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is a condition in which tissue that is normally only in your uterus grows outside of the uterus. Endometriosis causes tissue that should be shed during a monthly period to grow on your ovaries, fallopian tubes, bladder, or other organs. Organs and tissue may stick together and cause inflammation and pain.

Common symptoms include the following:

  • Abdominal pain or nausea and vomiting before or during your period
  • Painful periods
  • Feeling full or bloated
  • Dizziness or fatigue
  • Heavy periods, or vaginal bleeding at times other than during your monthly period
  • Infertility (being unable to get pregnant)
  • Lower back pain or painful bowel movements during your monthly periods
  • Pain during or after sex
  • Pain when you urinate

Seek care immediately if:

  • You have severe pain that does not go away after you take pain medicine.

Contact your healthcare provider if:

  • Your symptoms return after treatment.
  • You have heavy or unusual vaginal bleeding.
  • You see blood in your urine or bowel movement.
  • You have questions or concerns about your condition or care.


  • Hormones may help shrink endometrial tissue and decrease pain and inflammation. You may be given birth control pills, androgen hormones, or medicine that makes your body produce less of certain hormones.
  • Acetaminophen decreases pain and is available without a doctor's order. Ask how much to take and how often to take it. Follow directions. Acetaminophen can cause liver damage if not taken correctly.
  • NSAIDs , such as ibuprofen, help decrease swelling, pain, and fever. This medicine is available with or without a doctor's order. NSAIDs can cause stomach bleeding or kidney problems in certain people. If you take blood thinner medicine, always ask your healthcare provider if NSAIDs are safe for you. Always read the medicine label and follow directions.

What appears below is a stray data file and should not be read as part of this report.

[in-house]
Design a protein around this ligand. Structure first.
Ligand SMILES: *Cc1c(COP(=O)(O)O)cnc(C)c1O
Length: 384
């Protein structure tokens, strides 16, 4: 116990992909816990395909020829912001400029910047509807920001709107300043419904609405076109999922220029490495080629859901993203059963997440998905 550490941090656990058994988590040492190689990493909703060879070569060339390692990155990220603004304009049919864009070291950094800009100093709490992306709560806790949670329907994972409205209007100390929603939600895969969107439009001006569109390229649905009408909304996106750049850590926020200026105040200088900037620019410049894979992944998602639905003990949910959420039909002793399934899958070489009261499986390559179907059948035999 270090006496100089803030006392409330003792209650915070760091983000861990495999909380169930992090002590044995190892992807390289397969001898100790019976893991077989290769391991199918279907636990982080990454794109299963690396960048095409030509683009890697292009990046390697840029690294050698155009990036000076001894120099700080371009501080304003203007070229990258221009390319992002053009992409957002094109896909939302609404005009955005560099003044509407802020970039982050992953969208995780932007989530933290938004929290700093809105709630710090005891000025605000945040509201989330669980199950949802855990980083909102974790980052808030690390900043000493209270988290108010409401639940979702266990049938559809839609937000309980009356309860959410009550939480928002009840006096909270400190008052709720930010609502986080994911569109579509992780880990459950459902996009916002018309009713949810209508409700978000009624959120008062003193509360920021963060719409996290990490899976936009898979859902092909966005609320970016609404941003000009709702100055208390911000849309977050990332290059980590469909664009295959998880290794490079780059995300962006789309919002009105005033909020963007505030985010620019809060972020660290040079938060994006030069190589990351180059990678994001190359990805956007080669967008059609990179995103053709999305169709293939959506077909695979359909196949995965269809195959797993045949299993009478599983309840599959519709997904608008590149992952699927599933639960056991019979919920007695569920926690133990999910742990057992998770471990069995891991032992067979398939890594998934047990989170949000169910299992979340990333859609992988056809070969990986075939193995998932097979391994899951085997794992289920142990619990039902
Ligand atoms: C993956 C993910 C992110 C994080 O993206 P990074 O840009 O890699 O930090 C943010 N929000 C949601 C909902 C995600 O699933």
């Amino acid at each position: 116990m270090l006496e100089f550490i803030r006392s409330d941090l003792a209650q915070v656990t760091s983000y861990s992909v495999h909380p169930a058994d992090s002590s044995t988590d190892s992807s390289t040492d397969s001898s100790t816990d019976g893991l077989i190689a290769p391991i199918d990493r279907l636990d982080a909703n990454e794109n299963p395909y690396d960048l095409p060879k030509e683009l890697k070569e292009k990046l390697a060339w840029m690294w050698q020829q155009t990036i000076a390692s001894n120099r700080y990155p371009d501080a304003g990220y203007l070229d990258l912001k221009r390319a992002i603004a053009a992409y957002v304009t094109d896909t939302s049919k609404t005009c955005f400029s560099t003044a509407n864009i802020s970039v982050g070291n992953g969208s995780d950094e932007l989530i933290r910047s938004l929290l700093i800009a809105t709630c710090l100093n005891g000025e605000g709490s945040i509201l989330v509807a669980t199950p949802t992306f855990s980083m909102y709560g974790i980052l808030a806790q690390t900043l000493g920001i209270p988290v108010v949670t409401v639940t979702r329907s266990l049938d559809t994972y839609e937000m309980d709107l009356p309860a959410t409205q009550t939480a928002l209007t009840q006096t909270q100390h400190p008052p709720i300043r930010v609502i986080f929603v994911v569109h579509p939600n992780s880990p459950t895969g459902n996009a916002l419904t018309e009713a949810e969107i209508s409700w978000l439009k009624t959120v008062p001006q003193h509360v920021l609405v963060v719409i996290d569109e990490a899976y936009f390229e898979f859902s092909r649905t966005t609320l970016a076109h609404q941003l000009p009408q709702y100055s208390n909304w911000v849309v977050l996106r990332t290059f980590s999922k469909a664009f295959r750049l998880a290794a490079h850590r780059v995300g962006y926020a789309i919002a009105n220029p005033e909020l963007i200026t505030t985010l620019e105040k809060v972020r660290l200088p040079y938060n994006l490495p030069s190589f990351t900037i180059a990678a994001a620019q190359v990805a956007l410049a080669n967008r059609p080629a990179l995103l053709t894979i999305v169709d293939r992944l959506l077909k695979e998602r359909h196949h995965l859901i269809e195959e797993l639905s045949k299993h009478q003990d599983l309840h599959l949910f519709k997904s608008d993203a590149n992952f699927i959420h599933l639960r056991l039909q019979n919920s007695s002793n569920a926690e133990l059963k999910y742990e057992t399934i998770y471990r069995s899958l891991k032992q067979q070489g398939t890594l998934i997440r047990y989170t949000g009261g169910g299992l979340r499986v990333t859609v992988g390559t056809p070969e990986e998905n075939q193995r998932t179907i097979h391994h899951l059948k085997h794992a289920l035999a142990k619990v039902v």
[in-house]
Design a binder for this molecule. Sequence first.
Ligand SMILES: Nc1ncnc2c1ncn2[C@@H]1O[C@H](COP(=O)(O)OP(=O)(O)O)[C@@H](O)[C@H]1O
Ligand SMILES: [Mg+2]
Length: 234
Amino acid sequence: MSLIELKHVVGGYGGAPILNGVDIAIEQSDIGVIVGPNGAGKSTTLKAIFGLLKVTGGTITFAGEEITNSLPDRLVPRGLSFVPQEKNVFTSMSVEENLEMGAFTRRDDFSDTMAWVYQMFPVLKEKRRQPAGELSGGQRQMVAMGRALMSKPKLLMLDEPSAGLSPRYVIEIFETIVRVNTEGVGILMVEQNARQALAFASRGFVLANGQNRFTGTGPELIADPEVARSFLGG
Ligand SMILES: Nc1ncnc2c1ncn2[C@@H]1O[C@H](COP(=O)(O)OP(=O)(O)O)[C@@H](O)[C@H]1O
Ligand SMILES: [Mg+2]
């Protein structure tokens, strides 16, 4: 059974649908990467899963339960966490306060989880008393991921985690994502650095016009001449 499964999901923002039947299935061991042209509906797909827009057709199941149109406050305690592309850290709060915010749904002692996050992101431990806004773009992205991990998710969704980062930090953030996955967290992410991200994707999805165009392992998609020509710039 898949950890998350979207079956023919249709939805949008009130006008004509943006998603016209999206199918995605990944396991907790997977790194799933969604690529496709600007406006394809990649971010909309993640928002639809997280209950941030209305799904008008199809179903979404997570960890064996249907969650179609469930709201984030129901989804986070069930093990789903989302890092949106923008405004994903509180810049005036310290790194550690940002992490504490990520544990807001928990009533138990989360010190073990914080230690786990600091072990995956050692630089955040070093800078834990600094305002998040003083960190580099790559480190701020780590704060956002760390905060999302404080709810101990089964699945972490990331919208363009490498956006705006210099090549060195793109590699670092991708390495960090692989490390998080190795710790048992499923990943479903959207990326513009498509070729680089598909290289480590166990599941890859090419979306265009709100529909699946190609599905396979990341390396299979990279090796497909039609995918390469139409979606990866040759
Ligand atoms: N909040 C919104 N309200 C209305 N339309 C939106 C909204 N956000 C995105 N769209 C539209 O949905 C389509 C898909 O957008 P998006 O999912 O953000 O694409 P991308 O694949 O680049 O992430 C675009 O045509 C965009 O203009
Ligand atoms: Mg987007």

• Take your medicine as directed. Call your healthcare provider if you think your medicine is not helping or if you have side effects. Tell him if you are allergic to any medicine. Keep a list of the medicines, vitamins, and herbs you take. Include the amounts, and when and why you take them. Bring the list or the pill bottles to follow-up visits. Carry your medicine list with you in case of an emergency.


  • Apply heat on your abdomen for 20 to 30 minutes every 2 hours for as many days as directed. Heat helps decrease pain and muscle spasms.
  • Exercise regularly to help reduce symptoms, such as pain. Ask about the best exercise plan for you.

Follow up with your healthcare provider as directed:

Write down your questions so you remember to ask them during your visits.

© 2016 Truven Health Analytics Inc. Information is for End User's use only and may not be sold, redistributed or otherwise used for commercial purposes. All illustrations and images included in CareNotes® are the copyrighted property of A.D.A.M., Inc. or Truven Health Analytics.

The above information is an educational aid only. It is not intended as medical advice for individual conditions or treatments. Talk to your doctor, nurse or pharmacist before following any medical regimen to see if it is safe and effective for you.